The freshly shucked Pacific Oysters were superbly fresh and reasonably priced. An oyster lovers’ heaven indeed.
My order of King George Whiting was fresh and delicious. This coastal marine fish forms the basis of one of southern Australia’s most important commercial fisheries, reportedly worth over five million Australian dollars per year. The species is also heavily targeted by recreational anglers, who value the whiting for its sporting and eating qualities.
A pair of Superb Fairy Wrens cosying up on the shop ledge just inches from us, separated by a window. The male is the one with beautiful blue plumage. We could not have asked for a better introduction to Kangaroo Island wildlife.
Seal Bay Conservation Park
With our hunger pangs satisfied, we drove straight to one of the island key highlights at Seal Bay Conservation Park, a protected area located on the south coast of Kangaroo Island and home of the third largest Australian sea lion colony in Australia. It is one of the most popular tourist destinations on Kangaroo Island. To safeguard the colony, visitors are only permitted on the beach by paying to go on a guided tour.
The Seal Bay Conservation Park entrance. While waiting for our scheduled guided tours to commence, we experienced a short passing hail storm with gusty winds which subsided just as the tour commences. Such is the local weather at Kangaroo Island, “just observe the clouds” as advised by a local.
The boardwalk leading to the beach. Only those on paid guided tours are allowed to access this section of the boardwalk which leads to the beach.
Once on the beach, our guide kept our group participants (limited to a maximum of 25) close so that we maintain a safe distance from the mammals. Seal Bay is home to the third largest colony of Australian sea lions with an estimated population of 800. This is about five percent of the world’s total. The Australian sea lion was nearly hunted to extinction in the 19th century.
A juvenile seal yawning widely after returning from a swim. Australian sea lions are part of a group known as ‘eared’ seals. They use their front flippers to prop themselves up and their back flippers to help them to ‘walk’ on land. In the water, their back flippers function as a rudder. These fascinating creatures are one of the rarest species in the world and their entire population is estimated to be less than 12,000. Of these, 85 percent live in South Australia and the other 15 percent in Western Australia.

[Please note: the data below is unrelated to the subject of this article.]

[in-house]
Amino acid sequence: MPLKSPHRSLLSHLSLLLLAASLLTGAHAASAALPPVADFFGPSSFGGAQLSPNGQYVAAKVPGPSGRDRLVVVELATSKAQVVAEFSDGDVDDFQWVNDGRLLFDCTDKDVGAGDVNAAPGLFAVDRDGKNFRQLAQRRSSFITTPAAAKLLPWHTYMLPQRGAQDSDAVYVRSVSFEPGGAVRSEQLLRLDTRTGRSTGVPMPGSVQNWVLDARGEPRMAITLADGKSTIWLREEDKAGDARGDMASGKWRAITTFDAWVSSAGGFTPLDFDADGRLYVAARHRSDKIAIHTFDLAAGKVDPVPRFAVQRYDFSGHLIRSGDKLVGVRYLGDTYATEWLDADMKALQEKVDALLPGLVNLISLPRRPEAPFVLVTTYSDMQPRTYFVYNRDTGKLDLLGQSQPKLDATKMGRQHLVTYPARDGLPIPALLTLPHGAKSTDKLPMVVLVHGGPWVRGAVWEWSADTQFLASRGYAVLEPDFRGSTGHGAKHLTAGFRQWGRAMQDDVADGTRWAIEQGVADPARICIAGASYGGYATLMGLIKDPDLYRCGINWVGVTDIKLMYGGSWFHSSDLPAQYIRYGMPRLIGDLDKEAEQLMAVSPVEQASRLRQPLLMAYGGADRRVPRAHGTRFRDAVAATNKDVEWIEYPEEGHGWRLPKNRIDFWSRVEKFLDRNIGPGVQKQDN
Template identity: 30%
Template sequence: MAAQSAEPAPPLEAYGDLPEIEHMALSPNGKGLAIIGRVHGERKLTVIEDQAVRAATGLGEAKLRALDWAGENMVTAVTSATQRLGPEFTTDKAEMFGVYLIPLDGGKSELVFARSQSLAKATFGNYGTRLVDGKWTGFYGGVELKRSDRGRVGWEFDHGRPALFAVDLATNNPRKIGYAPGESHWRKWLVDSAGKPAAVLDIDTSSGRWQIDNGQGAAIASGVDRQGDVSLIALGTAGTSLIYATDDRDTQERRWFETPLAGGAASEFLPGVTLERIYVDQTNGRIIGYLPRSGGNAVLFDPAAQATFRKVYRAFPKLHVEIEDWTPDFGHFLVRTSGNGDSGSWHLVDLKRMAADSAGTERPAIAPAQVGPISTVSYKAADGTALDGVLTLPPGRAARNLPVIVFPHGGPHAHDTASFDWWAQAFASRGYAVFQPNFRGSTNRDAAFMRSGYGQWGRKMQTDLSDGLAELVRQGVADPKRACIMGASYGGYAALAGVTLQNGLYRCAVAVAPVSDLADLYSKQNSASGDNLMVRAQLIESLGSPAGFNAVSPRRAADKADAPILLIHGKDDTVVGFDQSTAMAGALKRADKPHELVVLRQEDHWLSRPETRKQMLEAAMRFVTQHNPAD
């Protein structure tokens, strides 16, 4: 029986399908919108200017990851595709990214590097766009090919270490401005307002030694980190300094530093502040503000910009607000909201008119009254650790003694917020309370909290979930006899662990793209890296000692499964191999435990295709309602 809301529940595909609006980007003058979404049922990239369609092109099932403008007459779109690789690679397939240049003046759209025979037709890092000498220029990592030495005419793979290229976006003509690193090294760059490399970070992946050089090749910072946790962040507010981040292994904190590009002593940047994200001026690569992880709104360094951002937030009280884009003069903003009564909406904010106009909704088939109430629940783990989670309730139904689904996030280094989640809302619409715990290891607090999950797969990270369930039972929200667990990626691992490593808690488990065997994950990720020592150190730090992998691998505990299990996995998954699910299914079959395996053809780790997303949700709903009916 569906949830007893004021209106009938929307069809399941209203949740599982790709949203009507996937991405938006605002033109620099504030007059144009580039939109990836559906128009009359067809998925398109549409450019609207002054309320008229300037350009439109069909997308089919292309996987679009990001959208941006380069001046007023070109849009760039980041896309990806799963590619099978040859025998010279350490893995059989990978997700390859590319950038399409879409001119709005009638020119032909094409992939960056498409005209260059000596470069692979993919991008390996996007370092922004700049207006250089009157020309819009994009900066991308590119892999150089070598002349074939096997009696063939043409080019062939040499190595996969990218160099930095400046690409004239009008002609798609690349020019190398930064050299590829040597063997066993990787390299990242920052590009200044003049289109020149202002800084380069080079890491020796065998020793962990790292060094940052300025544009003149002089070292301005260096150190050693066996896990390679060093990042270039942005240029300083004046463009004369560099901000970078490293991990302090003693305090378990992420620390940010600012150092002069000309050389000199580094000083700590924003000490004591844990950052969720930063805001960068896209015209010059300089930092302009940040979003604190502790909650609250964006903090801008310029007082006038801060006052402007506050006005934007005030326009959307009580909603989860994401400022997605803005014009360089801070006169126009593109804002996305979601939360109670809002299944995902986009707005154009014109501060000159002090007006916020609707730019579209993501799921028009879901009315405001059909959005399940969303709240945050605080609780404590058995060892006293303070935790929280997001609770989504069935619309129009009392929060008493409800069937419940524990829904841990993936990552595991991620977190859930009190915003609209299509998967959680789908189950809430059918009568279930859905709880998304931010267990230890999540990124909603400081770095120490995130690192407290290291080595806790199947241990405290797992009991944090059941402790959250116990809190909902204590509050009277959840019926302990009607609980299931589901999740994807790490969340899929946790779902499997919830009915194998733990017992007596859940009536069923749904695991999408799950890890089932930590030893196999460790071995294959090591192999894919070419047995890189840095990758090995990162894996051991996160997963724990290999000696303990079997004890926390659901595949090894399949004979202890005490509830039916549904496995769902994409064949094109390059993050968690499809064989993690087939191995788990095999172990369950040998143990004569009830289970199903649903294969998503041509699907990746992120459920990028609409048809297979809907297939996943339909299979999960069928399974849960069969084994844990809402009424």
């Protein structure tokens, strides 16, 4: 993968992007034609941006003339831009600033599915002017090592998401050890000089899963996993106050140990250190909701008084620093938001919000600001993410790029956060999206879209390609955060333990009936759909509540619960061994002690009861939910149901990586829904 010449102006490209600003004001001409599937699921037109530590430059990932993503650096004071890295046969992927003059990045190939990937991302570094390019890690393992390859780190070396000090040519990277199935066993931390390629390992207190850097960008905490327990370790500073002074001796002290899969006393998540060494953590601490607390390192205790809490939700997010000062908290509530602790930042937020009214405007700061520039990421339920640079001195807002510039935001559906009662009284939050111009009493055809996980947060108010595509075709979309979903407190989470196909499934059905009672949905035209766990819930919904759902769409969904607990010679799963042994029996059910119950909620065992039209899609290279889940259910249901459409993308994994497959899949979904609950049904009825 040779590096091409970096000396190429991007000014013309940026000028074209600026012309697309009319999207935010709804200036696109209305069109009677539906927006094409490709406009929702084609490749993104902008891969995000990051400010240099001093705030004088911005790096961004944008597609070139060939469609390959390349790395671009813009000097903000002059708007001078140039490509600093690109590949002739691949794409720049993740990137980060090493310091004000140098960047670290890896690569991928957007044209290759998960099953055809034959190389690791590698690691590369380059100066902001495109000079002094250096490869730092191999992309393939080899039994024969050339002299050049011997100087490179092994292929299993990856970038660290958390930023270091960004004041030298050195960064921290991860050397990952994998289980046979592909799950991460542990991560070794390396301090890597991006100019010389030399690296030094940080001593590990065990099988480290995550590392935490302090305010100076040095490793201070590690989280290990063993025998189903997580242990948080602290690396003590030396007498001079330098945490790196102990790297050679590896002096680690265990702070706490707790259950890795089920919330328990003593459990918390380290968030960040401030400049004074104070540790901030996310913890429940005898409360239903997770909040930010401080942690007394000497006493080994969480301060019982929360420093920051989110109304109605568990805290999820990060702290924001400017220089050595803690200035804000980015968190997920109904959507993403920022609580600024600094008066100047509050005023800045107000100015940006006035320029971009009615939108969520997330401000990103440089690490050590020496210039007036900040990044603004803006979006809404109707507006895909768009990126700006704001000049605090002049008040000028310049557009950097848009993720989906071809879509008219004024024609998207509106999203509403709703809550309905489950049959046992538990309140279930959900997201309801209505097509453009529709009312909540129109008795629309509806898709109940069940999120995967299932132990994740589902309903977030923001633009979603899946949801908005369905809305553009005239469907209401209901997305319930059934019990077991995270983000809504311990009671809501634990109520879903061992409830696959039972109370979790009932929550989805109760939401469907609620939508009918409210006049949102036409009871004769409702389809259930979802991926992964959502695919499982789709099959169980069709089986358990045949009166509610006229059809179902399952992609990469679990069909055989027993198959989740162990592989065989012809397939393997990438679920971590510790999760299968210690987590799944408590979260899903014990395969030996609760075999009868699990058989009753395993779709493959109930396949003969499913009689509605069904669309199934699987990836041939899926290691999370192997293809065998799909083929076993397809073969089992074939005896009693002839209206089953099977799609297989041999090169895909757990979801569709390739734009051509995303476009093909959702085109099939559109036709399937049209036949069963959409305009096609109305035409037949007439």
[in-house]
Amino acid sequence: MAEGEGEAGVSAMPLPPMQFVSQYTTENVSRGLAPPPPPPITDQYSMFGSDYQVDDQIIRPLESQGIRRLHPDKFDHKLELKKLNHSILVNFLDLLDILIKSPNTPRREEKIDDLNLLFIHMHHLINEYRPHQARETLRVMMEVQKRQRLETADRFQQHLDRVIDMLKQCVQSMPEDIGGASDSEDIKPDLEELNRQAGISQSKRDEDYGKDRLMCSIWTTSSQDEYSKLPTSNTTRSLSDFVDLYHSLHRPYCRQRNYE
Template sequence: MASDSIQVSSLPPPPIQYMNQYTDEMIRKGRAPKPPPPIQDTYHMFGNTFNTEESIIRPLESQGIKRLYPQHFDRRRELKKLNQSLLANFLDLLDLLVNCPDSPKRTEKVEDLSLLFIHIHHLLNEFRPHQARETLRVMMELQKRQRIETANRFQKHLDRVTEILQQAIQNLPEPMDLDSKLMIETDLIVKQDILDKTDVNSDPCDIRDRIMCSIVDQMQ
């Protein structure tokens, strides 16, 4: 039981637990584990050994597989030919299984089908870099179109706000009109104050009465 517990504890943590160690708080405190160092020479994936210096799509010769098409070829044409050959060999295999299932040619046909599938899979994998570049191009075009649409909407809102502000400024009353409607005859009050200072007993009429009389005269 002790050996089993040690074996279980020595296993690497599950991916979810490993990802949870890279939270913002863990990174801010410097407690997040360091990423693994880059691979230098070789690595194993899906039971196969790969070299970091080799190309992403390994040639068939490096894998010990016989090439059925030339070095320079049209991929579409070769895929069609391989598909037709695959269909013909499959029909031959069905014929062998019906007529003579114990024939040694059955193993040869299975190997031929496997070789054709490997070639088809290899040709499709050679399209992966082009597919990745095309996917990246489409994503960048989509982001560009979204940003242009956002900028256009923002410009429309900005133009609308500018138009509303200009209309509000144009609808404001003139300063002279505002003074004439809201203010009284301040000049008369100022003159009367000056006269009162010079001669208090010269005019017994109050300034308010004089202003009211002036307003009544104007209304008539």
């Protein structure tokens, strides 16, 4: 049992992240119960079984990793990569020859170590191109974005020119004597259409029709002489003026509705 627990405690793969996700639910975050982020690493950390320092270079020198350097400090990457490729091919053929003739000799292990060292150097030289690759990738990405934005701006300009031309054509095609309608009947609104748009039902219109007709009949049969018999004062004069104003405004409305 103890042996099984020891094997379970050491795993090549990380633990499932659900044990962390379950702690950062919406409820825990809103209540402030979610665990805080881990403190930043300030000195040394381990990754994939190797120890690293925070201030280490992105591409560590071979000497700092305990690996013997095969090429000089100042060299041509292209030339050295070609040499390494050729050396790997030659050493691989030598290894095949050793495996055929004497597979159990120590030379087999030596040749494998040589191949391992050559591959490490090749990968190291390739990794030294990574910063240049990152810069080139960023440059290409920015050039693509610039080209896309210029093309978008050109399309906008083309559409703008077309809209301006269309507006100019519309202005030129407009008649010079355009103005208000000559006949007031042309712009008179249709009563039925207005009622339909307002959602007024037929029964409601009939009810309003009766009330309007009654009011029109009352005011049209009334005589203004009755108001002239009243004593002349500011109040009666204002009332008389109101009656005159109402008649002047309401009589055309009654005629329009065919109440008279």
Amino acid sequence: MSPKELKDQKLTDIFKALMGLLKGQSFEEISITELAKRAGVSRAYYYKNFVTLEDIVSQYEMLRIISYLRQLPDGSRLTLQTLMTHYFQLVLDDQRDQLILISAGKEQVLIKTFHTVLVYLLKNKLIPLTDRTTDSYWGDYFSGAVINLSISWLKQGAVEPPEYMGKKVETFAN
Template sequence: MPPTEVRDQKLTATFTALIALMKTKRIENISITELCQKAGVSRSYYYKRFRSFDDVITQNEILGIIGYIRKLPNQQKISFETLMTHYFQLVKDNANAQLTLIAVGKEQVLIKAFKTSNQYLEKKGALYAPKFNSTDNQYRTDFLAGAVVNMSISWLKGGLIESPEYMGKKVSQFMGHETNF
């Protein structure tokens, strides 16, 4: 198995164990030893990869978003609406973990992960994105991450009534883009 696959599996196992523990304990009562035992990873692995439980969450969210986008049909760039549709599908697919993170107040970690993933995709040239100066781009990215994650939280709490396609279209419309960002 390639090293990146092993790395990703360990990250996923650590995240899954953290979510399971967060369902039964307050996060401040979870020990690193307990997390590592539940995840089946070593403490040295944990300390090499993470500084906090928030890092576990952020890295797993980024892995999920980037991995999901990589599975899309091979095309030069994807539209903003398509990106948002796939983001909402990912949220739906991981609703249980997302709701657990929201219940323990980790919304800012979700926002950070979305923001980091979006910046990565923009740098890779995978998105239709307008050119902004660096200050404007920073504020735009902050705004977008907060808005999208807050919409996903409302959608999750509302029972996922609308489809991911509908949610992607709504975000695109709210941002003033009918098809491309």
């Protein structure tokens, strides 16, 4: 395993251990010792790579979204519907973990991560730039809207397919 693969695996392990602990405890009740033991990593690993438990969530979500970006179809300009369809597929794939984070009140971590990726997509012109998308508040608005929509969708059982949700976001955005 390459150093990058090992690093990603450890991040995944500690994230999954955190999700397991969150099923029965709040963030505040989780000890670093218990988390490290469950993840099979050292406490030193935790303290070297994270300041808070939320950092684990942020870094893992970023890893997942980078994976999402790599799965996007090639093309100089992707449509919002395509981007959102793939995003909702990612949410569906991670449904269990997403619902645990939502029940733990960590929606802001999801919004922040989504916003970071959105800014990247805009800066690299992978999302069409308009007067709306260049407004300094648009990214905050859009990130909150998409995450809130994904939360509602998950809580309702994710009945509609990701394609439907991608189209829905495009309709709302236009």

A timely shot of a seal returning to shore. When feeding, male sea lions will travel up to 100km and females up to 70km from their breeding colony. These trips average about 3 days and in that time a sea lion will dive 900-1200 times. The paid guided tour is certainly value for money and photographic opportunity as it let us observe the seals right on the beach.
The gorgeous beach scenery at Seal Bay is good even for those who opt not to go on the paid guided walk. A stroll on the boardwalk (see bottom left of picture) will let them spot the seals, which laid everywhere, among the coastal fauna.
Recommended stay – Kangaroo Island Wilderness Retreat
With its close proximity to the Flinders Chase National Park, this cosy nature lodge is the ideal choice for accommodation, cutting down on travel time and freeing up more time at the park. The lodge itself is a nature park with great walking trails and wildlife sighting.
The retreat reception building is the only area to get fair Wifi connectivity. The signal in the accommodation area was erratic at best and practically non-existent. But beyond this, the rooms are comfortable with good amenities. With therapeutic massages (Swedish and Filipino style), free guided nature tours and a restaurant featuring excellent food cooked with local produce, it was a great experience while being immersed in nature.
Ample parking and convenient access to the rooms meant less struggles with our pieces of luggage. Accommodation in Australia generally doesn’t come with porter service.
Day 2 – Flinders Chase National Park